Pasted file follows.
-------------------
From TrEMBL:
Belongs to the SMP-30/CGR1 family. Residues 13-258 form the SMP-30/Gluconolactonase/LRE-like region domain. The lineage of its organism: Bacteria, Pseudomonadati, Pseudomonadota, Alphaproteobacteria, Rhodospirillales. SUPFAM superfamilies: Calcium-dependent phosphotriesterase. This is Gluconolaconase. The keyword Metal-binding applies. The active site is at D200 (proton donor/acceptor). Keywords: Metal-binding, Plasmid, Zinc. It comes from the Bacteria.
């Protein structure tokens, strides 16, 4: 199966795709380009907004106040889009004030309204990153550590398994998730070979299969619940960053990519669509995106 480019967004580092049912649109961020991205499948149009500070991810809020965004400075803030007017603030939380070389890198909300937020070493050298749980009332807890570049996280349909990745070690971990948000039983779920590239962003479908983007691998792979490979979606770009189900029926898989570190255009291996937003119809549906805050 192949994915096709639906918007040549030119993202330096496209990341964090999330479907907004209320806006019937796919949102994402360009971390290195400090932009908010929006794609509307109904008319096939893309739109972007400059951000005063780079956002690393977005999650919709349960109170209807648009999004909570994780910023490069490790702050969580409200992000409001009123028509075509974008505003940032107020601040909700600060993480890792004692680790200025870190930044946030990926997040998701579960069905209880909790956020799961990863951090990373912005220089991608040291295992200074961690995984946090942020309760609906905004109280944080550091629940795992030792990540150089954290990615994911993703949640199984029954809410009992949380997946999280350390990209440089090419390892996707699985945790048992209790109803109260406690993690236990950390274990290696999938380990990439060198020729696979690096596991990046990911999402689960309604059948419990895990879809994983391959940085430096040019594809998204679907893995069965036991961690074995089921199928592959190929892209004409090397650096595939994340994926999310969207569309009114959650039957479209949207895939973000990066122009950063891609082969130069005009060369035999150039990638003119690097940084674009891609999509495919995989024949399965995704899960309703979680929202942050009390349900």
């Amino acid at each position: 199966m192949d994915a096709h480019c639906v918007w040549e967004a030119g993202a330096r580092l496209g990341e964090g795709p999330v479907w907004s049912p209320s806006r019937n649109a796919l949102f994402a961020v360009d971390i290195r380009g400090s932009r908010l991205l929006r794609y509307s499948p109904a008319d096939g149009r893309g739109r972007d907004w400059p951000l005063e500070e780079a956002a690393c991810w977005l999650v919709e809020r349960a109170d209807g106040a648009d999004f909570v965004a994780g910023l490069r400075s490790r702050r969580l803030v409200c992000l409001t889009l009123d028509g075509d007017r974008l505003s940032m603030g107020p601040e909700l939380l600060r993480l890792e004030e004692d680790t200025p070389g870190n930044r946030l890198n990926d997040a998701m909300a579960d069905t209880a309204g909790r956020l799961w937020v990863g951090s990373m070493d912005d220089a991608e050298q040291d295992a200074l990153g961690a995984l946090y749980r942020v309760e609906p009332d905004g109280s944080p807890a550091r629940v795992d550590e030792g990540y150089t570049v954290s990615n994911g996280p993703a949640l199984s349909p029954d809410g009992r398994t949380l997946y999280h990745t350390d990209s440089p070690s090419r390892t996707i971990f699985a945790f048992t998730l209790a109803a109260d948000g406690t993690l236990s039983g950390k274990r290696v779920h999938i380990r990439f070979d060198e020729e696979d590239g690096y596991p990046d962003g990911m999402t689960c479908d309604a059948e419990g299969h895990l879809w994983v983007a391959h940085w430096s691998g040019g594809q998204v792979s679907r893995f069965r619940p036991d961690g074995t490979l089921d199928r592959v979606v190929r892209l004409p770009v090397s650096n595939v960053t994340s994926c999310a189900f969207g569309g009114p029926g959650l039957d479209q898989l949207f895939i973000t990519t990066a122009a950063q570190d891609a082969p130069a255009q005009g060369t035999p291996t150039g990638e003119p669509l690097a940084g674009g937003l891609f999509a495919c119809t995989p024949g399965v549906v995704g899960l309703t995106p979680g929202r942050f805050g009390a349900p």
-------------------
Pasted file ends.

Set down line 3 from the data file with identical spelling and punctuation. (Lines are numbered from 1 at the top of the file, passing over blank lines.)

């Protein structure tokens, strides 16, 4: 199966795709380009907004106040889009004030309204990153550590398994998730070979299969619940960053990519669509995106 480019967004580092049912649109961020991205499948149009500070991810809020965004400075803030007017603030939380070389890198909300937020070493050298749980009332807890570049996280349909990745070690971990948000039983779920590239962003479908983007691998792979490979979606770009189900029926898989570190255009291996937003119809549906805050 192949994915096709639906918007040549030119993202330096496209990341964090999330479907907004209320806006019937796919949102994402360009971390290195400090932009908010929006794609509307109904008319096939893309739109972007400059951000005063780079956002690393977005999650919709349960109170209807648009999004909570994780910023490069490790702050969580409200992000409001009123028509075509974008505003940032107020601040909700600060993480890792004692680790200025870190930044946030990926997040998701579960069905209880909790956020799961990863951090990373912005220089991608040291295992200074961690995984946090942020309760609906905004109280944080550091629940795992030792990540150089954290990615994911993703949640199984029954809410009992949380997946999280350390990209440089090419390892996707699985945790048992209790109803109260406690993690236990950390274990290696999938380990990439060198020729696979690096596991990046990911999402689960309604059948419990895990879809994983391959940085430096040019594809998204679907893995069965036991961690074995089921199928592959190929892209004409090397650096595939994340994926999310969207569309009114959650039957479209949207895939973000990066122009950063891609082969130069005009060369035999150039990638003119690097940084674009891609999509495919995989024949399965995704899960309703979680929202942050009390349900």